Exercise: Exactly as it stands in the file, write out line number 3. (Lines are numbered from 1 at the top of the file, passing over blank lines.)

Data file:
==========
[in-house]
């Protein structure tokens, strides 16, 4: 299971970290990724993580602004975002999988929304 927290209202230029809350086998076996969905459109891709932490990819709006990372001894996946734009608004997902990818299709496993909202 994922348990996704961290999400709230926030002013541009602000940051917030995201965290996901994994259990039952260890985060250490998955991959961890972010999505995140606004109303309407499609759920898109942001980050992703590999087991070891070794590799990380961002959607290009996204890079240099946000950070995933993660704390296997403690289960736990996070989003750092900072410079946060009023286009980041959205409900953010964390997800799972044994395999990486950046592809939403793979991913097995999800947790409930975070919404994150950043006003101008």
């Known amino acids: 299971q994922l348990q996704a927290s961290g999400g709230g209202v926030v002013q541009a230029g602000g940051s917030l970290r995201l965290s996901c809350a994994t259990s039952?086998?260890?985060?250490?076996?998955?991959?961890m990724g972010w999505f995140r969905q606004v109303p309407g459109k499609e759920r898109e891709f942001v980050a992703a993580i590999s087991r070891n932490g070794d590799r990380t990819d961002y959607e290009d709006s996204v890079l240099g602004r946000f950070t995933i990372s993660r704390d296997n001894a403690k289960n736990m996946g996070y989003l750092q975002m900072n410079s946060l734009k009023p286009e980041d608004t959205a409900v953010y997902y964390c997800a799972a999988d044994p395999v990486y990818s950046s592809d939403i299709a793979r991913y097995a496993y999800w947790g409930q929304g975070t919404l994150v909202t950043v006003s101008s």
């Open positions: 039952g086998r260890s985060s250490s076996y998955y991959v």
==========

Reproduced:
């Known amino acids: 299971q994922l348990q996704a927290s961290g999400g709230g209202v926030v002013q541009a230029g602000g940051s917030l970290r995201l965290s996901c809350a994994t259990s039952?086998?260890?985060?250490?076996?998955?991959?961890m990724g972010w999505f995140r969905q606004v109303p309407g459109k499609e759920r898109e891709f942001v980050a992703a993580i590999s087991r070891n932490g070794d590799r990380t990819d961002y959607e290009d709006s996204v890079l240099g602004r946000f950070t995933i990372s993660r704390d296997n001894a403690k289960n736990m996946g996070y989003l750092q975002m900072n410079s946060l734009k009023p286009e980041d608004t959205a409900v953010y997902y964390c997800a799972a999988d044994p395999v990486y990818s950046s592809d939403i299709a793979r991913y097995a496993y999800w947790g409930q929304g975070t919404l994150v909202t950043v006003s101008s």